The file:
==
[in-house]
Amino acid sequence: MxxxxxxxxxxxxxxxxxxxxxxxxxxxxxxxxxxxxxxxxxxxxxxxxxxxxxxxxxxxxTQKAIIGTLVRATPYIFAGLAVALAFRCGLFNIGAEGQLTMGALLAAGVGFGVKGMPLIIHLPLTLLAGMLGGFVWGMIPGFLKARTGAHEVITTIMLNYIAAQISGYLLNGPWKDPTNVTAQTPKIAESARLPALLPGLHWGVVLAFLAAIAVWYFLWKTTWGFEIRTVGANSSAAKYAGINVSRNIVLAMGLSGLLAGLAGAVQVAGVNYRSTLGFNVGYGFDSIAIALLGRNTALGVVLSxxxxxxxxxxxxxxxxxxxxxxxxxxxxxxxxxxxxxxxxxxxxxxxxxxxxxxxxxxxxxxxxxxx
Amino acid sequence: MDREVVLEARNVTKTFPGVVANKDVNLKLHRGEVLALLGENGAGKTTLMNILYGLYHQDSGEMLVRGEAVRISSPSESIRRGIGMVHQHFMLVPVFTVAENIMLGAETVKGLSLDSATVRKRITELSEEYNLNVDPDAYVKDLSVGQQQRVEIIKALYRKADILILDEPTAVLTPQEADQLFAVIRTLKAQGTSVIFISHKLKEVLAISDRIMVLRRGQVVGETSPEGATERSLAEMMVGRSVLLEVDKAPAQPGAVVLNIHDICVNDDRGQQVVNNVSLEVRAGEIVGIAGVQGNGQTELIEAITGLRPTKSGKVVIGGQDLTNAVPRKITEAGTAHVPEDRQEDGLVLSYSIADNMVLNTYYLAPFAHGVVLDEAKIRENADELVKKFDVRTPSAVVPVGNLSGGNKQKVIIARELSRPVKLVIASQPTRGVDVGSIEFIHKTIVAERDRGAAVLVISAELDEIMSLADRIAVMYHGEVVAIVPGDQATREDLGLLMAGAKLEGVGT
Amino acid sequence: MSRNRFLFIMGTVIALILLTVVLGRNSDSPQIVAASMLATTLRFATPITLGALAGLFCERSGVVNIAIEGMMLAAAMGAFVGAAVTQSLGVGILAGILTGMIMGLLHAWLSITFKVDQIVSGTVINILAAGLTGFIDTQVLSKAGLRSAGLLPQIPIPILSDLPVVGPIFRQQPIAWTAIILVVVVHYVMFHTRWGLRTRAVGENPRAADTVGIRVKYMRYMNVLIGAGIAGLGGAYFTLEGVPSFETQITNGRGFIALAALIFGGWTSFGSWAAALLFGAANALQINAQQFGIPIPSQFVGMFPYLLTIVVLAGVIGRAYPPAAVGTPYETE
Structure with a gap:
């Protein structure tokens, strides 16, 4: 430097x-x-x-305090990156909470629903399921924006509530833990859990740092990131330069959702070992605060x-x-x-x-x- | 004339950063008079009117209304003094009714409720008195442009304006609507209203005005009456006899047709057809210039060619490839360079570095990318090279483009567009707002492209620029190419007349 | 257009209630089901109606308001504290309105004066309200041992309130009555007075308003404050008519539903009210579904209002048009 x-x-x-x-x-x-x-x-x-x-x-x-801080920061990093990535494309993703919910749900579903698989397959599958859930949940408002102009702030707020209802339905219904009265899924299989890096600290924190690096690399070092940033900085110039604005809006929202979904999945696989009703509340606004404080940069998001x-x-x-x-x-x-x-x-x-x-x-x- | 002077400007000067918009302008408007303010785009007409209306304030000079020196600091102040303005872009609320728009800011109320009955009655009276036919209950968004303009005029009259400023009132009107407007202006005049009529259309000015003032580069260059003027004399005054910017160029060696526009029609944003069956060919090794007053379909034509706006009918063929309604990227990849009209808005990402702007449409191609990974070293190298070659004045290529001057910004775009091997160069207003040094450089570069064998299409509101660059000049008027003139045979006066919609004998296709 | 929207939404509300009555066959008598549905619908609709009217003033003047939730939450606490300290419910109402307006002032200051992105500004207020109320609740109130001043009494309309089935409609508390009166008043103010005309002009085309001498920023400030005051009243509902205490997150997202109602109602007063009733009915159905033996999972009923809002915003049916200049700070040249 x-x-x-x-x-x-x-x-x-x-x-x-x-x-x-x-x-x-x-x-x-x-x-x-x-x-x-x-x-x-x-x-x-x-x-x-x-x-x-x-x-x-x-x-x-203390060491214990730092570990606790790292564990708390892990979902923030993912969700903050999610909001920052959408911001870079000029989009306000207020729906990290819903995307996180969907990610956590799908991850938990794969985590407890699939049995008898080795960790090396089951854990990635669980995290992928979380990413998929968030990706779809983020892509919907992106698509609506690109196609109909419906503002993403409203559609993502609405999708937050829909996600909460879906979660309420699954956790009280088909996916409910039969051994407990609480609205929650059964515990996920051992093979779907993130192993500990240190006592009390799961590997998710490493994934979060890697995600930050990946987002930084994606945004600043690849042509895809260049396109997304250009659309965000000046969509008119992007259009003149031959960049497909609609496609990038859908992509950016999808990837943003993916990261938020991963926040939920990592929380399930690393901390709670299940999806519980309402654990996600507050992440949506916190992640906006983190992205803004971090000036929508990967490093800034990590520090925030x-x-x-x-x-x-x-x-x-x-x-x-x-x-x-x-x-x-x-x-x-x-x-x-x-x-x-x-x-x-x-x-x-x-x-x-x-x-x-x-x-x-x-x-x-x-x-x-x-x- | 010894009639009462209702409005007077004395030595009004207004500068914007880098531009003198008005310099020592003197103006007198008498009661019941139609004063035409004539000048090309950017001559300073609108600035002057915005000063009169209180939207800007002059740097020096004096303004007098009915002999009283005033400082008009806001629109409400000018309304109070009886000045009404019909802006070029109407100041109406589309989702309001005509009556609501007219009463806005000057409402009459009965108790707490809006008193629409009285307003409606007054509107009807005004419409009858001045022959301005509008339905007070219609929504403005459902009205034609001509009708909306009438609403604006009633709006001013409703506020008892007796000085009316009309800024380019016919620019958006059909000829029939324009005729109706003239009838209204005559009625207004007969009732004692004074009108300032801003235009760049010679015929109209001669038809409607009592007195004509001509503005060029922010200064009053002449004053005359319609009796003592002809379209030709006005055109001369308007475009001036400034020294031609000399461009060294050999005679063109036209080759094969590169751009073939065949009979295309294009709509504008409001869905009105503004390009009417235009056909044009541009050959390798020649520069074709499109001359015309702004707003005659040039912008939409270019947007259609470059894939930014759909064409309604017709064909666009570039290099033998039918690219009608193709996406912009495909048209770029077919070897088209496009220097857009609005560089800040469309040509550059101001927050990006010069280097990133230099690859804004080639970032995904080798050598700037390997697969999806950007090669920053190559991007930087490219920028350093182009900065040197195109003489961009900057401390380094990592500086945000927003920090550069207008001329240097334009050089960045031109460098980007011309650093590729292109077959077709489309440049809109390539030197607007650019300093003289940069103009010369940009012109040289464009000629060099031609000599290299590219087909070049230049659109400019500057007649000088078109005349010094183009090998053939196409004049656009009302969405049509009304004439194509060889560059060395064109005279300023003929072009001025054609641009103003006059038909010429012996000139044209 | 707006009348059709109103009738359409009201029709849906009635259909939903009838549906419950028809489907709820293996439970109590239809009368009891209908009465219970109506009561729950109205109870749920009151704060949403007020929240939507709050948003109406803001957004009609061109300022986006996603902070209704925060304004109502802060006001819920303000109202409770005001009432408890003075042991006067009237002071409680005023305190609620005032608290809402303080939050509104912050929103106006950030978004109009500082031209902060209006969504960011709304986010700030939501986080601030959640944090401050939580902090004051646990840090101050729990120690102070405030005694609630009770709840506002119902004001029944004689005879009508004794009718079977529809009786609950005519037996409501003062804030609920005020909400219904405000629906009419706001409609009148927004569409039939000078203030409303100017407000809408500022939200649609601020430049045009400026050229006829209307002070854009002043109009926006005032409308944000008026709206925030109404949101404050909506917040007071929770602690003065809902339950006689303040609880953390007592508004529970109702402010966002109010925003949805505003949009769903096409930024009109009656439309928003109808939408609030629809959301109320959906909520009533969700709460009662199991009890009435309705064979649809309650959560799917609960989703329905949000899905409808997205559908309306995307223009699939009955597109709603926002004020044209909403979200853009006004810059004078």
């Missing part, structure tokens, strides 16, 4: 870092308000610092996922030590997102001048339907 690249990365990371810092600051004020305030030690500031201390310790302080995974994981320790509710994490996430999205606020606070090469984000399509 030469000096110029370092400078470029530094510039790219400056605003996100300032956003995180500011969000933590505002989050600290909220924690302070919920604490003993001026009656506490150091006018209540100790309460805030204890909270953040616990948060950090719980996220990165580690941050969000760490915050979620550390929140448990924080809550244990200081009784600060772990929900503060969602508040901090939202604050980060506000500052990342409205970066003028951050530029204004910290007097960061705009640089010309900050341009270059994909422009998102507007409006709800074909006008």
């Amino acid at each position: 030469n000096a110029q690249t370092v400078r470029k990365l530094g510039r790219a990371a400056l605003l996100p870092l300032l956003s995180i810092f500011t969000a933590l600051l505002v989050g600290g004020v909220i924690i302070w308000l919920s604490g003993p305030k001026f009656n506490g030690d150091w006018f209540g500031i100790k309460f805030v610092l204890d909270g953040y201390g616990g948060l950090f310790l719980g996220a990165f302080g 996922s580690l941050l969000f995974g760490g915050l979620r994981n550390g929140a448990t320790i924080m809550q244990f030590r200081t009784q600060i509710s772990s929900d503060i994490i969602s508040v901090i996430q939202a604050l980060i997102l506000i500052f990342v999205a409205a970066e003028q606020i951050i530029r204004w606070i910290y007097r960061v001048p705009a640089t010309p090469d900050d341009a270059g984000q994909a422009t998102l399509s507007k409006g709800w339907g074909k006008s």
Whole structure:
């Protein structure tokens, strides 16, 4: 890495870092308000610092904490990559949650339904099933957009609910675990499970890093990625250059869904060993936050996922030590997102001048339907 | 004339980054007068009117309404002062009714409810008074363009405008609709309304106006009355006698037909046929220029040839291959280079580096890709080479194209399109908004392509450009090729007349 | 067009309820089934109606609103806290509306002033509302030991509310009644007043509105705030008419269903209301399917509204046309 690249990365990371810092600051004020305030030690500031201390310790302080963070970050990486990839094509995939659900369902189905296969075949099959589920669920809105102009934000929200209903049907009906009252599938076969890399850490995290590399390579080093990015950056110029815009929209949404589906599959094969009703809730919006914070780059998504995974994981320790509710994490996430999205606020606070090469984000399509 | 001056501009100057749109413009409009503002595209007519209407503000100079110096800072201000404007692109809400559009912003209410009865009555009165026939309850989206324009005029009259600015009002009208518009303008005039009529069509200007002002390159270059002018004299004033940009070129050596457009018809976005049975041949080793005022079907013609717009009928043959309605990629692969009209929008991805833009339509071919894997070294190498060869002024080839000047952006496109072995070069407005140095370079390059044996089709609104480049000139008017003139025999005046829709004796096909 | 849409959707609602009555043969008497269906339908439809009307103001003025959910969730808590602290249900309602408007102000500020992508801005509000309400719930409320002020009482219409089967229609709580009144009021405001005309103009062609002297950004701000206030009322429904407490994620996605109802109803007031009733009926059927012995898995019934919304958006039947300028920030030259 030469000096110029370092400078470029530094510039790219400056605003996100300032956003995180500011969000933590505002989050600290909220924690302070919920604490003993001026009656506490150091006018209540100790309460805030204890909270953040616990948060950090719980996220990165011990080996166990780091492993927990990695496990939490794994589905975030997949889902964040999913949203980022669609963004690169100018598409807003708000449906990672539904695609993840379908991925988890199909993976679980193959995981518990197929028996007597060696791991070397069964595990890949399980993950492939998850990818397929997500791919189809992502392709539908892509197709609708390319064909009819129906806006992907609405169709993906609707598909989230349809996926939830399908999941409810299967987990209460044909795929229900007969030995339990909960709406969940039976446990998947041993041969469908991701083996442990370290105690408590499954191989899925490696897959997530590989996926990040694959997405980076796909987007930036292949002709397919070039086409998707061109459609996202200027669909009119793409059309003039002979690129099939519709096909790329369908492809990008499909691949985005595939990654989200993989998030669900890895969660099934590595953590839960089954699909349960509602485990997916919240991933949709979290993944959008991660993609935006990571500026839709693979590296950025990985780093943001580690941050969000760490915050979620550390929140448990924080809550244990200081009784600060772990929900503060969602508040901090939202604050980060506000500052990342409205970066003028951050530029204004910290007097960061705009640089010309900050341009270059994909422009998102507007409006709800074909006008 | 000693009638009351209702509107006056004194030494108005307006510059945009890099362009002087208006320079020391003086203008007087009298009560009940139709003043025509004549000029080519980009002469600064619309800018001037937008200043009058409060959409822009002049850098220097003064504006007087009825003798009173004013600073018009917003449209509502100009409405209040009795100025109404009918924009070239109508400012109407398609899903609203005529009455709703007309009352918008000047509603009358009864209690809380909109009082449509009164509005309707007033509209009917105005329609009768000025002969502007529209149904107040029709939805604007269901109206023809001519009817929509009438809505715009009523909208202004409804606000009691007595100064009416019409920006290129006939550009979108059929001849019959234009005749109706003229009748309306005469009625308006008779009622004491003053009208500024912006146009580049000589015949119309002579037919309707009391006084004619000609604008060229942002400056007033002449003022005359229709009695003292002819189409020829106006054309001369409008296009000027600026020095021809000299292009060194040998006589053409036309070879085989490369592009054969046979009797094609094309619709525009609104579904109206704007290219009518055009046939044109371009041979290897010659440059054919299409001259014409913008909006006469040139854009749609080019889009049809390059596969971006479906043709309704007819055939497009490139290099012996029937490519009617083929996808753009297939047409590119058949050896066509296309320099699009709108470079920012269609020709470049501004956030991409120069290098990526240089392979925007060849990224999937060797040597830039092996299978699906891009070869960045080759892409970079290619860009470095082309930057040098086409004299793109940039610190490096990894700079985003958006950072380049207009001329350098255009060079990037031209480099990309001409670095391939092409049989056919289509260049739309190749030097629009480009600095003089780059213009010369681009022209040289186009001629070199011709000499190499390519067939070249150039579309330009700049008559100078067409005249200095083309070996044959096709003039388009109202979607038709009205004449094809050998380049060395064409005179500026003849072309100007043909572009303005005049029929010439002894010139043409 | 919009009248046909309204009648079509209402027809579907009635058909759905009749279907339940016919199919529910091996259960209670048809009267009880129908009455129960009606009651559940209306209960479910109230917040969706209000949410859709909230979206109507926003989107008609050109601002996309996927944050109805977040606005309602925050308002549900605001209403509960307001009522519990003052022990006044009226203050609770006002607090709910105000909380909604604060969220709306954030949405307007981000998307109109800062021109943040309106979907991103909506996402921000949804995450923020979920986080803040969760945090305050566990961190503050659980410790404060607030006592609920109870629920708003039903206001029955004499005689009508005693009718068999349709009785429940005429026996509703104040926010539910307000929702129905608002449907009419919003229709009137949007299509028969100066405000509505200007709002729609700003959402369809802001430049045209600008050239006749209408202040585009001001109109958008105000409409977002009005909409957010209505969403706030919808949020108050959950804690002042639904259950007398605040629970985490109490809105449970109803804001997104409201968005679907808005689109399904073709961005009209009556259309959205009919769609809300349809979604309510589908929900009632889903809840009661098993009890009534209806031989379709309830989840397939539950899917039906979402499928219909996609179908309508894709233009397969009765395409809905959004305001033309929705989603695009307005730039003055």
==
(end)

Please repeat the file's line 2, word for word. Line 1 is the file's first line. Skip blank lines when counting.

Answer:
Amino acid sequence: MxxxxxxxxxxxxxxxxxxxxxxxxxxxxxxxxxxxxxxxxxxxxxxxxxxxxxxxxxxxxTQKAIIGTLVRATPYIFAGLAVALAFRCGLFNIGAEGQLTMGALLAAGVGFGVKGMPLIIHLPLTLLAGMLGGFVWGMIPGFLKARTGAHEVITTIMLNYIAAQISGYLLNGPWKDPTNVTAQTPKIAESARLPALLPGLHWGVVLAFLAAIAVWYFLWKTTWGFEIRTVGANSSAAKYAGINVSRNIVLAMGLSGLLAGLAGAVQVAGVNYRSTLGFNVGYGFDSIAIALLGRNTALGVVLSxxxxxxxxxxxxxxxxxxxxxxxxxxxxxxxxxxxxxxxxxxxxxxxxxxxxxxxxxxxxxxxxxxx